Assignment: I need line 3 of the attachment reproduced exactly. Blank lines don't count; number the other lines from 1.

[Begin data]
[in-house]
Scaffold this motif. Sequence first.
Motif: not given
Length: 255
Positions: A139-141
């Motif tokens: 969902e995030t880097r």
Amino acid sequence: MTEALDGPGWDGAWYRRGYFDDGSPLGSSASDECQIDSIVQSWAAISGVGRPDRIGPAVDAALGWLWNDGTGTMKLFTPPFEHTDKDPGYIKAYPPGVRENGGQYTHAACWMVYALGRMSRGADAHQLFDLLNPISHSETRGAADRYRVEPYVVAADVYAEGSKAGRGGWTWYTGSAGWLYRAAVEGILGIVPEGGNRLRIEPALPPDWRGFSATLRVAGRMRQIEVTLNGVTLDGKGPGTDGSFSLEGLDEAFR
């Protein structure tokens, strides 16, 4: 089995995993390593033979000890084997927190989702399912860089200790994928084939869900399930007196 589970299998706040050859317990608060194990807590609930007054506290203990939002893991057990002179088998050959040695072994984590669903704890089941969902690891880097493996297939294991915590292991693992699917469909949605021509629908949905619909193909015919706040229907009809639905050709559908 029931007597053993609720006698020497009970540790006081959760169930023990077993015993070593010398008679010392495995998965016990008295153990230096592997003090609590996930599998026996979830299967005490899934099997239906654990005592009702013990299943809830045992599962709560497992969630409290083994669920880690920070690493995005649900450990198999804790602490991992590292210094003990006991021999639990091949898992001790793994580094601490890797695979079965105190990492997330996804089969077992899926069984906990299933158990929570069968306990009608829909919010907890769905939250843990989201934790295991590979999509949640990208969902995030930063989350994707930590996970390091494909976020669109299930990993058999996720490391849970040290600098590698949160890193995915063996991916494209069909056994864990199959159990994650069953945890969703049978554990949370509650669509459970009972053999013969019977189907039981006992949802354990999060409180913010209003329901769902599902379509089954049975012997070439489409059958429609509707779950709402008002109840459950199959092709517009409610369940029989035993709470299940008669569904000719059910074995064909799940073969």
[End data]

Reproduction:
Motif: not given